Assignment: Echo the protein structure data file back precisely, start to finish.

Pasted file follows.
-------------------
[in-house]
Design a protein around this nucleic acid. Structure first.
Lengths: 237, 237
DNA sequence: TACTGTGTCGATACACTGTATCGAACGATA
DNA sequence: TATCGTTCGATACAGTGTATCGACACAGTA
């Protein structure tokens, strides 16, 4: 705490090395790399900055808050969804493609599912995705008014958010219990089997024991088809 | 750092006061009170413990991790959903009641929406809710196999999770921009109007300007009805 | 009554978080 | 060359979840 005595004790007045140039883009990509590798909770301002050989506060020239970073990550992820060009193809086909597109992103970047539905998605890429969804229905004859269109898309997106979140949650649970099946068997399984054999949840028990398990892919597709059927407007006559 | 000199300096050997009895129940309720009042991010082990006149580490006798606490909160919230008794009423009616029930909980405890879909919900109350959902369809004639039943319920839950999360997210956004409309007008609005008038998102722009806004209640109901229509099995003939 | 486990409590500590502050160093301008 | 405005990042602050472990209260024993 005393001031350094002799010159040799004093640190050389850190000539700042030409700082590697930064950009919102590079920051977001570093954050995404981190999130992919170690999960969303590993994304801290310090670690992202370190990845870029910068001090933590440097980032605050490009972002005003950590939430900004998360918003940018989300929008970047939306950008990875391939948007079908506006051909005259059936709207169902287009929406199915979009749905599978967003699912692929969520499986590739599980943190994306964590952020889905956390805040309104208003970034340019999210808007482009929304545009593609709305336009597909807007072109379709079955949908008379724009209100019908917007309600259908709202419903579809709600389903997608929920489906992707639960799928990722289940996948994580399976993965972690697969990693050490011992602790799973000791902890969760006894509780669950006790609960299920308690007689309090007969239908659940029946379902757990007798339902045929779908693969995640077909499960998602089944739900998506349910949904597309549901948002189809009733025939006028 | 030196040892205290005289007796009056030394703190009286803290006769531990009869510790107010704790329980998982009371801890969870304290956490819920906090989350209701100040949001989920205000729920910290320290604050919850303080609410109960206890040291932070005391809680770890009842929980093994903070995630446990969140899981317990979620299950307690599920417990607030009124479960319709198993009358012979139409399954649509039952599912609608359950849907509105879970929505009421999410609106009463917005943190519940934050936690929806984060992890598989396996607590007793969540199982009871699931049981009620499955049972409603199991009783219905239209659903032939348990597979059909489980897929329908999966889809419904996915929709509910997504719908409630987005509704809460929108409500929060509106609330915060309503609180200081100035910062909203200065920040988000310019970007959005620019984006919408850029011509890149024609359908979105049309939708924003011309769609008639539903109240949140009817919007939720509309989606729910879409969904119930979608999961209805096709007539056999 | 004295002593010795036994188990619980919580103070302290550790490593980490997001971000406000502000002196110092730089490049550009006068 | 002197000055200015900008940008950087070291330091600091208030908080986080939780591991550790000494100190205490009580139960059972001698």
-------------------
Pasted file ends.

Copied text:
[in-house]
Design a protein around this nucleic acid. Structure first.
Lengths: 237, 237
DNA sequence: TACTGTGTCGATACACTGTATCGAACGATA
DNA sequence: TATCGTTCGATACAGTGTATCGACACAGTA
């Protein structure tokens, strides 16, 4: 705490090395790399900055808050969804493609599912995705008014958010219990089997024991088809 | 750092006061009170413990991790959903009641929406809710196999999770921009109007300007009805 | 009554978080 | 060359979840 005595004790007045140039883009990509590798909770301002050989506060020239970073990550992820060009193809086909597109992103970047539905998605890429969804229905004859269109898309997106979140949650649970099946068997399984054999949840028990398990892919597709059927407007006559 | 000199300096050997009895129940309720009042991010082990006149580490006798606490909160919230008794009423009616029930909980405890879909919900109350959902369809004639039943319920839950999360997210956004409309007008609005008038998102722009806004209640109901229509099995003939 | 486990409590500590502050160093301008 | 405005990042602050472990209260024993 005393001031350094002799010159040799004093640190050389850190000539700042030409700082590697930064950009919102590079920051977001570093954050995404981190999130992919170690999960969303590993994304801290310090670690992202370190990845870029910068001090933590440097980032605050490009972002005003950590939430900004998360918003940018989300929008970047939306950008990875391939948007079908506006051909005259059936709207169902287009929406199915979009749905599978967003699912692929969520499986590739599980943190994306964590952020889905956390805040309104208003970034340019999210808007482009929304545009593609709305336009597909807007072109379709079955949908008379724009209100019908917007309600259908709202419903579809709600389903997608929920489906992707639960799928990722289940996948994580399976993965972690697969990693050490011992602790799973000791902890969760006894509780669950006790609960299920308690007689309090007969239908659940029946379902757990007798339902045929779908693969995640077909499960998602089944739900998506349910949904597309549901948002189809009733025939006028 | 030196040892205290005289007796009056030394703190009286803290006769531990009869510790107010704790329980998982009371801890969870304290956490819920906090989350209701100040949001989920205000729920910290320290604050919850303080609410109960206890040291932070005391809680770890009842929980093994903070995630446990969140899981317990979620299950307690599920417990607030009124479960319709198993009358012979139409399954649509039952599912609608359950849907509105879970929505009421999410609106009463917005943190519940934050936690929806984060992890598989396996607590007793969540199982009871699931049981009620499955049972409603199991009783219905239209659903032939348990597979059909489980897929329908999966889809419904996915929709509910997504719908409630987005509704809460929108409500929060509106609330915060309503609180200081100035910062909203200065920040988000310019970007959005620019984006919408850029011509890149024609359908979105049309939708924003011309769609008639539903109240949140009817919007939720509309989606729910879409969904119930979608999961209805096709007539056999 | 004295002593010795036994188990619980919580103070302290550790490593980490997001971000406000502000002196110092730089490049550009006068 | 002197000055200015900008940008950087070291330091600091208030908080986080939780591991550790000494100190205490009580139960059972001698």